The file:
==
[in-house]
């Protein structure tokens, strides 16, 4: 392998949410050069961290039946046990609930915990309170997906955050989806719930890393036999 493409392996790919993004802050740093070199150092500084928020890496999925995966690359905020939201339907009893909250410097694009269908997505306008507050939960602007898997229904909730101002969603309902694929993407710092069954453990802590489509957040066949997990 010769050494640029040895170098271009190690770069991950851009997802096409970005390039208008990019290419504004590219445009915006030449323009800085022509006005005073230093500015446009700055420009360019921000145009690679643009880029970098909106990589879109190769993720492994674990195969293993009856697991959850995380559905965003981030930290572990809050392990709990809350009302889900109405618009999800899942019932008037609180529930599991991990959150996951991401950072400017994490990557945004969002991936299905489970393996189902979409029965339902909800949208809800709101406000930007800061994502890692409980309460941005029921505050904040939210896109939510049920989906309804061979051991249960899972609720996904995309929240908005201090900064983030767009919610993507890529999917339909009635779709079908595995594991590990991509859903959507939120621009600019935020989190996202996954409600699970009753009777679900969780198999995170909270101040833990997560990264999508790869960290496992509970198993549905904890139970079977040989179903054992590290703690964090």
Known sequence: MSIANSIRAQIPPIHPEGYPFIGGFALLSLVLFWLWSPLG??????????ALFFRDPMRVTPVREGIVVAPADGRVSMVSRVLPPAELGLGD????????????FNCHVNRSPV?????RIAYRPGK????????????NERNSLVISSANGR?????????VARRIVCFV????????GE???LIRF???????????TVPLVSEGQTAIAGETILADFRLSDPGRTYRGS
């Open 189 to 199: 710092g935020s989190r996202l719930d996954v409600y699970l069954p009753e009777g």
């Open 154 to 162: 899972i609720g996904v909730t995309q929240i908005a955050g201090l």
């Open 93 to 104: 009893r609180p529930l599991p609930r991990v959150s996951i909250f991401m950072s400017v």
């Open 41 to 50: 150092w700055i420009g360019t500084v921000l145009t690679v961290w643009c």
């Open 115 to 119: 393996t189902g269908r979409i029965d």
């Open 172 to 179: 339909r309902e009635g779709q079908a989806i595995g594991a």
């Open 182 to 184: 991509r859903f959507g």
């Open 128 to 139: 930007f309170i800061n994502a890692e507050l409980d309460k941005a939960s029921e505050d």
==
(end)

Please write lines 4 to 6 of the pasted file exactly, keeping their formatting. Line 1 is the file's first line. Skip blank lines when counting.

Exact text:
């Open 189 to 199: 710092g935020s989190r996202l719930d996954v409600y699970l069954p009753e009777g």
């Open 154 to 162: 899972i609720g996904v909730t995309q929240i908005a955050g201090l």
């Open 93 to 104: 009893r609180p529930l599991p609930r991990v959150s996951i909250f991401m950072s400017v």